Another risk has to do with money: if your score stays the same, you won’t get a TOEFL rescore refund. This might make you feel as though you wasted money on a service that didn’t ultimately change anything. Ultimately, you should only do TOEFL rescoring if you’re OK with losing 80-160 USD.
To recap, here are the pros and cons of all possible results of a TOEFL rescore:
|Score Stays the Same||
|Score Goes Up||
|Score Goes Down||
Should You Get a TOEFL Rescore?
Getting a TOEFL rescore is a big decision. For some people TOEFL rescoring is worth the risk, but for others it’s not. Below, we explain who should consider getting a TOEFL rescore—and who shouldn’t.
Consider Getting a TOEFL Rescore If …
- You truly believe you deserve a higher Speaking/Writing score. If you’re certain you did better than the score you got—and your TOEFL tutor and practice tests agree with you—then a rescore might be worth getting.
- Your TOEFL score is 1-2 points below what you need for school. If you got a 23 on Speaking but need a 24 for admission to your school, it’ll be easier (and cheaper) to pay for a rescore and hope it goes up than to retake the entire test.
- Your Speaking or Writing score is a 0—but you did the tasks correctly. It’s rare, but sometimes ETS makes mistakes. If you got a 0 on Speaking or Writing but followed the directions exactly on all tasks, definitely get a rescore!
Don’t Get a TOEFL Rescore If …
- You’ve already met your schools’ minimum TOEFL requirements. Even if your score is lower than you’d like it to be, if you’ve already met all of your schools’ TOEFL requirements, don’t risk lowering it with TOEFL rescoring.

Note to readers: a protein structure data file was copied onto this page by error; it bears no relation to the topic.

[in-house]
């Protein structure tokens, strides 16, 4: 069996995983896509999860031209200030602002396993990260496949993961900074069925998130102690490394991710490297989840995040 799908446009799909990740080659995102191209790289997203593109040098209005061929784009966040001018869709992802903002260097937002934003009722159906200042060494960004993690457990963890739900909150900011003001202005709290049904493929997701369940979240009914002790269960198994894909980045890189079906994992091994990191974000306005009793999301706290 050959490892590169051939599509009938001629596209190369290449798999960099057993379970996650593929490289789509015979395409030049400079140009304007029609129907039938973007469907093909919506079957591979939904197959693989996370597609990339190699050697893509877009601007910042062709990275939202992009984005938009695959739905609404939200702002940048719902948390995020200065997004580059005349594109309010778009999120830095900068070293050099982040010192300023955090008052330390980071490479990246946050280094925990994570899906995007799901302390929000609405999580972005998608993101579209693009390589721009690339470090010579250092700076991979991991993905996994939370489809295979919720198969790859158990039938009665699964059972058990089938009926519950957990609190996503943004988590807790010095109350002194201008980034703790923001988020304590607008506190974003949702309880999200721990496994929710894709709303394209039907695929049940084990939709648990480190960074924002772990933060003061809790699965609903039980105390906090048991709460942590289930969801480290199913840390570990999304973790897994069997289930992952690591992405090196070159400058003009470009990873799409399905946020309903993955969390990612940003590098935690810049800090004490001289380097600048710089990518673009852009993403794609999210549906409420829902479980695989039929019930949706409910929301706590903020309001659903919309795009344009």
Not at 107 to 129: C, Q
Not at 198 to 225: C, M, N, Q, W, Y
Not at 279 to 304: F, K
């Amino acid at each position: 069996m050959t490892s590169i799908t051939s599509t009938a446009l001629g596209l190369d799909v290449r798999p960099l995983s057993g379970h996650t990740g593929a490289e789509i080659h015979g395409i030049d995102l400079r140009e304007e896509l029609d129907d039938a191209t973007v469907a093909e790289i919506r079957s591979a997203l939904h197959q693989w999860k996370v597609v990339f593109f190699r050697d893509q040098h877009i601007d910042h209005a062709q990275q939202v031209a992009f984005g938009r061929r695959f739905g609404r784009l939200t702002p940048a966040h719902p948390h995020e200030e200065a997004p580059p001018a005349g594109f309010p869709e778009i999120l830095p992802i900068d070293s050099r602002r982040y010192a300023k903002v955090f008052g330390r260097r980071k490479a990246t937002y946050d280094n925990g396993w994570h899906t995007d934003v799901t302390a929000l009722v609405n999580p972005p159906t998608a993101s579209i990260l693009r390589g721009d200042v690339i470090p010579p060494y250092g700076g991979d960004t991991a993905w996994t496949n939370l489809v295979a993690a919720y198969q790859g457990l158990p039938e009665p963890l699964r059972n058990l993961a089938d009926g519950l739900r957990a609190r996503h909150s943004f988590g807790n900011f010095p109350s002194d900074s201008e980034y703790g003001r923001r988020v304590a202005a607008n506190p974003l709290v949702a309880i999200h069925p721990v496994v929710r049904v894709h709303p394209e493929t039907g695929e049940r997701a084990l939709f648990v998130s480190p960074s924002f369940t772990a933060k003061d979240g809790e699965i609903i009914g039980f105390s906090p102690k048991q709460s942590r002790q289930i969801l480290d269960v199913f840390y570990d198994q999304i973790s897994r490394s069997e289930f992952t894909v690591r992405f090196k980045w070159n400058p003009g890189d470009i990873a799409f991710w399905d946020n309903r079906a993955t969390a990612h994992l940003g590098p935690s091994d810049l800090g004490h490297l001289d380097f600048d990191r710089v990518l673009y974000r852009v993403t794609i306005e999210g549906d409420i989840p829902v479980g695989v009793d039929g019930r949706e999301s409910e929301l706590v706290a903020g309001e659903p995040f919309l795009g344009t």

- You’re worried about money. 80-160 USD is a lot of money, and you’ve already spent a lot on the TOEFL itself. If you’re concerned about how a rescore will affect your finances, don’t do it. (Remember, a TOEFL rescore refund isn’t guaranteed, so don’t count on getting one!)
- You’re not sure whether you deserved a higher score. If you wish you scored higher but don’t think ETS made a mistake with your scores, don’t get a rescore. Chances are, ETS gave you an appropriate score that just wasn’t as high as you hoped it’d be.
- Your score is much lower than what it needs to be for your schools. If you got a 15 on Writing but need a 22 for admission, don’t bother with a rescore. Instead, retake the TOEFL and use your prep time to focus on improving your weaknesses.
Recap: What TOEFL Rescoring Means for You
If you’re dissatisfied with your TOEFL Speaking or Writing score, you can pay 80-160 USD for a TOEFL rescore. With this service, new raters will re-grade your Speaking and/or Writing responses. The new TOEFL score will then become your official score and appear on your TOEFL score report.
There are three potential results of a TOEFL rescore:
- The new score is the same as your old score (this is the most common result)
- The new score is higher than your old score
- The new score is lower than your old score
If your score changes, you’ll get a refund for that section. If your score doesn’t change, however, you won’t get any money back.
Test takers who request a TOEFL rescore generally want their scores to go up. If your new TOEFL score is higher than your original score, you’ll have a better shot at getting admitted to your schools and meeting more schools’ minimum TOEFL requirements.
By contrast, if your score goes down, you might no longer meet your schools’ TOEFL requirements and thus have a worse chance of getting accepted to schools.
Ultimately, it’s best to consider getting a TOEFL rescore if:
- You’re pretty certain you deserved a higher score
- You’re only 1-2 points away from reaching your school’s minimum required TOEFL score
- There was clearly an error with your Speaking or Writing score
Likewise, avoid getting a rescore if:
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- You’ve already met all of your schools’ minimum TOEFL requirements
- You don’t want to risk losing 80 or 160 USD
- You’re not certain you deserved a higher score
- Your current TOEFL score is far lower than what you need